Tuesday, November 15, 2016

Leon Russell - 1975 - Will O' the Wisp

Leon Russell 
1975
Will O' the Wisp




01. Will O' The Wisp (Instrumental) 0:55
02. Little Hideaway 3:57
03. Make You Feel Good 2:23
04. Can't Get Over Losing You 5:04
05. My Father's Shoes 4:16
06. Stay Away From Sad Songs 4:01
07. Back To The Island 5:20
08. Down On Deep River 3:55
09. Bluebird 3:55
10. Laying Right Here In Heaven 2:52
11. Lady Blue 3:28

Tommy Allsup Guitar, Guitar (Acoustic), Guitar (Electric)
J.J. Cale Flute, Guest Artist, Guitar, Guitar (Electric)
Moon Calhoun Drums, Drums (Snare)
Ambrose Campbell Drums, Drums (Snare), Percussion
Steve Cropper Guest Artist, Guitar, Guitar (Electric), Slide Guitar
Donald "Duck" Dunn Bass, Guest Artist
Teddy Jack Eddy Drums, Drums (Snare), Guest Artist
Rev. Patrick Henderson Keyboards, Organ, Percussion, Tabla, Tambourine
Carl Himmel Drums, Drums (Snare), Percussion
Masako Hirayama Biwa
Jim Horn Guest Artist, Sax (Alto), Saxophone, Soloist
Al Jackson, Jr. Drums, Drums (Snare), Percussion
Jim Keltner Bass, Drums, Drums (Snare), Guest Artist, Percussion
Bobby Manuel Guest Artist, Guitar, Guitar (Electric)
Mary McCreary Tambourine, Vocals, Vocals (Background)
David Miner Bass, Percussion
Don Preston Guitar, Guitar (Electric), Vocals
Carl Radle Bass
Leon Russell Bass, Bass (Electric), Clavinet, Composer, Guica, Guitar, Guitar (Acoustic), Guitar (Electric), Keyboards, Organ, Percussion, Piano, Piano (Electric), Primary Artist, Producer, Slide Guitar, Synthesizer, Vocals, Vocals (Background)
Mary Russell Keyboards, Percussion, Vocals



I suspect that the title of Leon Russell's fine new album refers to the experience of pop stardom and the lessons, many of them painful, Russell has absorbed in the process of attempting to sustain his self-created myth. For the role Russell has portrayed over the past several years, that of a glamorous, reclusive Renaissance man of pop, has lately seemed larger than the man playing it. His efforts at expanding his repertoire beyond pop and rock to encompass first country and then jazz have proven respectively mediocre and inept, while his two-year-old live album seemed excessively long and showed Russell desperately parodying his own imitation of black gospel vocal style.

The memory of the pop consumer is short. Only three years ago, Leon Russell released his near masterpiece, Carney. An album that both defined and enshrined Russell's self-portrait with astonishing artfulness, Carney cohered as an understated, completely convincing statement from a man obsessed and confused by the roles that pop stardom demanded and suggested. It was at once monumentally egotistical and romantically agonized in its promotion of the age-old "lonely at the top" scenario. With Carney Russell definitively cinched his superstar status, securing an artistic autonomy he would subsequently squander in choices that seemed extremely self-destructive.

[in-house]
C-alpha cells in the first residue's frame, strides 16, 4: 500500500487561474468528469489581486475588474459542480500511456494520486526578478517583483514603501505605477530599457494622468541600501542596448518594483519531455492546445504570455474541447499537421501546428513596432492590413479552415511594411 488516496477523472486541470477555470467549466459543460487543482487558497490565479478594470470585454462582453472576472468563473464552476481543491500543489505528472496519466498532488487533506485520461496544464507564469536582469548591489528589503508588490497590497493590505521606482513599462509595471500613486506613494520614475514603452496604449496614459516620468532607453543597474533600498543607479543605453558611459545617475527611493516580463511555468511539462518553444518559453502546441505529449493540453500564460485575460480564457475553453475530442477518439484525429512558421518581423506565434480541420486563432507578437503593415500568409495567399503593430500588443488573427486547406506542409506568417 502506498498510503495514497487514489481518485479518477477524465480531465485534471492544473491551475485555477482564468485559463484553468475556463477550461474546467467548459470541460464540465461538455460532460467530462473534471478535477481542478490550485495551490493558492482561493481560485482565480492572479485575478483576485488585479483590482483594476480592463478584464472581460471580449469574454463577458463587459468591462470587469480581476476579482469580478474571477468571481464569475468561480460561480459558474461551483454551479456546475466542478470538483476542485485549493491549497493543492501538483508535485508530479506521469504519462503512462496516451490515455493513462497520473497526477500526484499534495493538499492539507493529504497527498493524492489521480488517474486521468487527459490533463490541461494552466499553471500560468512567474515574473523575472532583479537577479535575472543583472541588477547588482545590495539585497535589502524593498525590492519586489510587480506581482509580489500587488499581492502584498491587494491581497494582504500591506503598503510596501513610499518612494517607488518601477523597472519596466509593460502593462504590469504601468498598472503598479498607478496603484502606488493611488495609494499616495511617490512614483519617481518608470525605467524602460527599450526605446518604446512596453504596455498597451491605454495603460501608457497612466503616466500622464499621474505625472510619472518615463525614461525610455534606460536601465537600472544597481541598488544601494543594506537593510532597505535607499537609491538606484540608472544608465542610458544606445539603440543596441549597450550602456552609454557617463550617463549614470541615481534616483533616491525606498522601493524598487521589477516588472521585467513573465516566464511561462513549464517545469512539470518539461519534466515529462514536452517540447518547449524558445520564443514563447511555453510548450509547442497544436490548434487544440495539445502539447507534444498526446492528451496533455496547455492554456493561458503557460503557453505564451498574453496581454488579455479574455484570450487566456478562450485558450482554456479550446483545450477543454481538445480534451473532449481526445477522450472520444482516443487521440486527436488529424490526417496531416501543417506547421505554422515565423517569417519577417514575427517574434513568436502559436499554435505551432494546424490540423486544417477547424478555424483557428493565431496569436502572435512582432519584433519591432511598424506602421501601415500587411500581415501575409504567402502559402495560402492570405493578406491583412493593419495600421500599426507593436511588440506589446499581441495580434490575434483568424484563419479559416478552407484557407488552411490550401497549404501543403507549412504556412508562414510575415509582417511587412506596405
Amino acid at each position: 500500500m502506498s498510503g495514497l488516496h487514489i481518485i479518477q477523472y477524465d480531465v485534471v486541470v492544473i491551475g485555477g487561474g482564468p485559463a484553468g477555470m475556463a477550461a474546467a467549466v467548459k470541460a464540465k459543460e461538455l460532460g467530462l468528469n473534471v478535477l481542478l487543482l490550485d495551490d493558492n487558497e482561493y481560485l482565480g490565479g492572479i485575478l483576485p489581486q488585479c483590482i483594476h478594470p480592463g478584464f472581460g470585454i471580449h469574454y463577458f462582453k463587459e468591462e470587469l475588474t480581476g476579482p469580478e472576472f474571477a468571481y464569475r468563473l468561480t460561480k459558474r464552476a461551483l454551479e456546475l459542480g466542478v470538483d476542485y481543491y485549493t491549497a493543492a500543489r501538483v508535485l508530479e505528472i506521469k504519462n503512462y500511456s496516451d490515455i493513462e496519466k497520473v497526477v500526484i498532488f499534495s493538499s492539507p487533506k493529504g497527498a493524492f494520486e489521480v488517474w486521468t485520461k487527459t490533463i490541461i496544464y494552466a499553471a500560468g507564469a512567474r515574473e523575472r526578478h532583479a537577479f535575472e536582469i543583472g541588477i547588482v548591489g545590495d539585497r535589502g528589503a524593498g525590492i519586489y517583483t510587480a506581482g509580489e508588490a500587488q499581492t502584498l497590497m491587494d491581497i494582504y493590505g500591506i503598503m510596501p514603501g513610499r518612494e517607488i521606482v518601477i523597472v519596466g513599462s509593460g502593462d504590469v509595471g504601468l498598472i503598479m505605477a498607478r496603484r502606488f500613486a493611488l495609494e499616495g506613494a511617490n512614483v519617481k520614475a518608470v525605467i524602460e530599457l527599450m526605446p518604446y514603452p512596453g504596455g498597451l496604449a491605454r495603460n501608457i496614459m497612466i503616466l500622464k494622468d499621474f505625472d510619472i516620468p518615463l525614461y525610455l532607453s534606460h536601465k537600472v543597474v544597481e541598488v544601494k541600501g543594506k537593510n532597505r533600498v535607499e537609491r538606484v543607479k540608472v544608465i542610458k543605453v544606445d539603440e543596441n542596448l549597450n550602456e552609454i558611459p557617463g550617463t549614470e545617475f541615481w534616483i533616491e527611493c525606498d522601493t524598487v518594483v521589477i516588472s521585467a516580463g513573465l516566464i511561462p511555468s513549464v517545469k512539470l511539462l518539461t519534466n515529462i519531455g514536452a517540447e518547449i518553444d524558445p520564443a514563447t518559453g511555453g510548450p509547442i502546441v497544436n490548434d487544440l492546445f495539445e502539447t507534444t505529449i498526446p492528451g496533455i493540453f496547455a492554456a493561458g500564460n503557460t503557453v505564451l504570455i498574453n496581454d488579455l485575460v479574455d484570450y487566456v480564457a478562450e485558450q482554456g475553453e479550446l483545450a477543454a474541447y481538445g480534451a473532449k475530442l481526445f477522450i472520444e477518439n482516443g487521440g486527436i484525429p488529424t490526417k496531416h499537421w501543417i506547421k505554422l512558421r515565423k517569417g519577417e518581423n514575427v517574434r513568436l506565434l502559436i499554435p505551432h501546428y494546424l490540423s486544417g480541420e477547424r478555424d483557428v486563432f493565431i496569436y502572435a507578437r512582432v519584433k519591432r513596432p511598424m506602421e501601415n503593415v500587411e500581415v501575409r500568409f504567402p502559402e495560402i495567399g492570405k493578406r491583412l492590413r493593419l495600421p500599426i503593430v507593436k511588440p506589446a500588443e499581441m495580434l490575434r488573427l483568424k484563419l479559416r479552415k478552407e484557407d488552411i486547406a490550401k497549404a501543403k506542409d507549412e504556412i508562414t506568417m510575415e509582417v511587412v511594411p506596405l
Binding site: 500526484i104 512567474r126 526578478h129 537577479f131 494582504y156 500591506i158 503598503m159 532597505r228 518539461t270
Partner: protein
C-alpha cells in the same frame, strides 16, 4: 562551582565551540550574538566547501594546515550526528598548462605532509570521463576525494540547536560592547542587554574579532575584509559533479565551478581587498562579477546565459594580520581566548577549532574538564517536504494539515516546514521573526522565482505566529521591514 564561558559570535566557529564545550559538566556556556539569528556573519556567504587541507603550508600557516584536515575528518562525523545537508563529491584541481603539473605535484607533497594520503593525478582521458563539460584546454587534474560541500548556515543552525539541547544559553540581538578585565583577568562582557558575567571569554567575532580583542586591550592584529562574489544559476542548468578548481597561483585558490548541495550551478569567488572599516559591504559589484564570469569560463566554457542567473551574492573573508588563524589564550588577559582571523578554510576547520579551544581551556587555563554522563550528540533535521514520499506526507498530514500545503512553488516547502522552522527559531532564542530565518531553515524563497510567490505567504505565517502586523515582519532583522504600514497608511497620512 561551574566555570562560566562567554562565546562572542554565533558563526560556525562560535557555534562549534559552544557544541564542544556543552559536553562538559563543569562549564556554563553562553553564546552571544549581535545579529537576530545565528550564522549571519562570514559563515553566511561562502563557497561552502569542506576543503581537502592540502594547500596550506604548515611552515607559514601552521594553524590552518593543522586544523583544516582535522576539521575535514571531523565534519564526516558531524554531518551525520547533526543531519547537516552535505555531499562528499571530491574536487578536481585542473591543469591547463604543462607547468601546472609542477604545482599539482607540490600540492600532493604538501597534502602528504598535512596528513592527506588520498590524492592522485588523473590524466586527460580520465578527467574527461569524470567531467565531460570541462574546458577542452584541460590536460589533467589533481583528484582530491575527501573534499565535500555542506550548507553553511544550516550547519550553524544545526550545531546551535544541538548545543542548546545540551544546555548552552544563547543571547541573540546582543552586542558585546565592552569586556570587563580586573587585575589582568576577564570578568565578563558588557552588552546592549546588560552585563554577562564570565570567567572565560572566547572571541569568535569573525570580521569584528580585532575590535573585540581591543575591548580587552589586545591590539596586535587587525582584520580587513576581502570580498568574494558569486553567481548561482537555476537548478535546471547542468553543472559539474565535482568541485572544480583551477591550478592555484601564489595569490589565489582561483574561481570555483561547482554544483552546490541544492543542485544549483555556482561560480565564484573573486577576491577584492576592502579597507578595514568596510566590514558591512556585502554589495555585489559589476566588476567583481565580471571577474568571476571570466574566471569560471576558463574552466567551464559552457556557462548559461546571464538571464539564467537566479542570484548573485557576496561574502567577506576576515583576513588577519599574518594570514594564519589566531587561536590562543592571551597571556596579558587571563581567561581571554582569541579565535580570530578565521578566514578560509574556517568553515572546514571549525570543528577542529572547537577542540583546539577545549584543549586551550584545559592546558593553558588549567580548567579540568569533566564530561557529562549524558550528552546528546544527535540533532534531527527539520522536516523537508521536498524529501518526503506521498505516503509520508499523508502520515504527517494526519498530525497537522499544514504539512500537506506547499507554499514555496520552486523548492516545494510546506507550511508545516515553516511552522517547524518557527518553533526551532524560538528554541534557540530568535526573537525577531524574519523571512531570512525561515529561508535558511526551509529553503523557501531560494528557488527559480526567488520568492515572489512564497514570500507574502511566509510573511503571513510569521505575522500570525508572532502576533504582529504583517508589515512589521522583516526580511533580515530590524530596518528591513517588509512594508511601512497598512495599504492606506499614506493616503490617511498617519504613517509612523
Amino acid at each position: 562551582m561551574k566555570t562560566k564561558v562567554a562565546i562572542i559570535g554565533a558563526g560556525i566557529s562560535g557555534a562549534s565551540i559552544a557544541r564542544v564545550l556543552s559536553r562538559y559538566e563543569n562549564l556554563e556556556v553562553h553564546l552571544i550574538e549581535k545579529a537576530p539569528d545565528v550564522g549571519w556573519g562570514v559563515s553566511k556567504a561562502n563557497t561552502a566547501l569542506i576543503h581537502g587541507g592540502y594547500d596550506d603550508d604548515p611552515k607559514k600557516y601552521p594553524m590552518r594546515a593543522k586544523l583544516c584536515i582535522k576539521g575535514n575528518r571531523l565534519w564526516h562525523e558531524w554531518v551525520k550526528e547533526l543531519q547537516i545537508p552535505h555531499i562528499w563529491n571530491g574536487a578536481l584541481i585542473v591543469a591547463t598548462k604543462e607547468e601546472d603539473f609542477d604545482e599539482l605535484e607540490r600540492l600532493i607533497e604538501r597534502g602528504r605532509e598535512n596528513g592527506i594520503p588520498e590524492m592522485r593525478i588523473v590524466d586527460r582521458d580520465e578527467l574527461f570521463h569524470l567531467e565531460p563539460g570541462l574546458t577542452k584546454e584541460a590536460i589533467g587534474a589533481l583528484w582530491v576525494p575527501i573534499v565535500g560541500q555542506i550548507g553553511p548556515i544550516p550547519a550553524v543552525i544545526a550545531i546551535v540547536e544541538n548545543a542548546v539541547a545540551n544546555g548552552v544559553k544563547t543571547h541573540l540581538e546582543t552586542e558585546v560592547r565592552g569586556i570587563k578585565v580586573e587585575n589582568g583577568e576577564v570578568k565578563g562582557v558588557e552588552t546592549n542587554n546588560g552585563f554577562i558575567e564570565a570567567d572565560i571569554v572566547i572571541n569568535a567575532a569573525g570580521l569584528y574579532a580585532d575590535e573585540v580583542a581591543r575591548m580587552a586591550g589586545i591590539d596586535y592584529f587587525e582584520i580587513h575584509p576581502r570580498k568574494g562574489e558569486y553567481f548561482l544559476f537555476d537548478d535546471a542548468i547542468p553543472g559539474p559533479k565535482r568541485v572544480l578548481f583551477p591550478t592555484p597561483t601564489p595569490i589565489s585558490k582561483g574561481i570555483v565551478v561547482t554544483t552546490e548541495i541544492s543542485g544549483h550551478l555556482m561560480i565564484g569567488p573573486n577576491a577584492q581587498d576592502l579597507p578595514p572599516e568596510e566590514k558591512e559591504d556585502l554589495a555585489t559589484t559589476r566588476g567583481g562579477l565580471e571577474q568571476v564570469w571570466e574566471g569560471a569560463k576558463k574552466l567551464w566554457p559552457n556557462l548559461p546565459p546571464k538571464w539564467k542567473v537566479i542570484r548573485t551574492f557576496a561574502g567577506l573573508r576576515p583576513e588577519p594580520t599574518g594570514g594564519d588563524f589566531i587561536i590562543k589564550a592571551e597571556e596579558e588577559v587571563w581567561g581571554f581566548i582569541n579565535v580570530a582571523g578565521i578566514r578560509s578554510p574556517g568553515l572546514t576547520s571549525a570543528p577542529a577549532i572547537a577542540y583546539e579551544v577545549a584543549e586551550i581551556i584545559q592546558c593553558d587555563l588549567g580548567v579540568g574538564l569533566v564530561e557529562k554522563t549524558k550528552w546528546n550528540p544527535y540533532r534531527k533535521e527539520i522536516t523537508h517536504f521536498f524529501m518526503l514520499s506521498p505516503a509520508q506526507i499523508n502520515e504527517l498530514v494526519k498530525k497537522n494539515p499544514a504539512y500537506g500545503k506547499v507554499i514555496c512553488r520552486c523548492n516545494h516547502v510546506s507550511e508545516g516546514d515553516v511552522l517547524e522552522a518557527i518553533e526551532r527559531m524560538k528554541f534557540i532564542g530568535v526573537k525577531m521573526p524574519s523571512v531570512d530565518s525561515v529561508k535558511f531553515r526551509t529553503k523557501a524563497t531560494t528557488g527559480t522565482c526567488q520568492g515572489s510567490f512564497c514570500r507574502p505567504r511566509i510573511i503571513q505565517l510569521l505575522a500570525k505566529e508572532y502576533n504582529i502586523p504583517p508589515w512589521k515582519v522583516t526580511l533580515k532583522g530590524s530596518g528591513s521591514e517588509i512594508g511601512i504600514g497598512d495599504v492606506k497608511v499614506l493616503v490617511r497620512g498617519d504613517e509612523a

Happily, Will o' the Wisp represents Russell's most substantial achievement since Carney. Its ten songs are all well made, and the Russell/Denny Cordell production is the most imaginative to be found on any Russell album. While no one song quite matches the eloquence of "A Song for You" and "This Masquerade" from earlier albums, Will o' the Wisp expresses a unity of purpose in its spirit of dedication to one woman, Mary McCreary, who sings elaborately overdubbed back-ups on several of the tunes and lead on one; and just as significantly, a rededication to the basic spirit of rock & roll.

For the first time since Carney, Russell applies his exploratory restlessness not to forms outside of rock but to the technical possibilities within the rock context afforded by a 40-track tape machine and the use of synthesizer as an important supplementary rock instrument. The outer limits of these possibilities begin to become most apparent on three exotic studio "production numbers" -- "Little Hideaway," "Can't Get Over Losing You" and "Back to the Island." "Little Hideaway," which celebrates two lovers' idyllic retreat, apotheosizes McCreary's extraordinary voice (sassy, soulful and highly flexible) by turning it into a huge choir, while Russell runs exciting arpeggios on the synthesizer, treating the instrument as a sort of electric harpsichord. "Can't Get Over Losing You" opens with bizarre instrumentation, most notably Minoru Muraoka playing a Japanese wooden flute, then segues into a classic rockabilly format led by J.J. Cale on electric guitars, while McCreary is again overdubbed into a weird off-harmony chorus of lamentation. "Back to the Island," another joyous escape song, is tricked out with oceanic sound effects. The cut works in the way intended -- as a piece of delightful fantasia.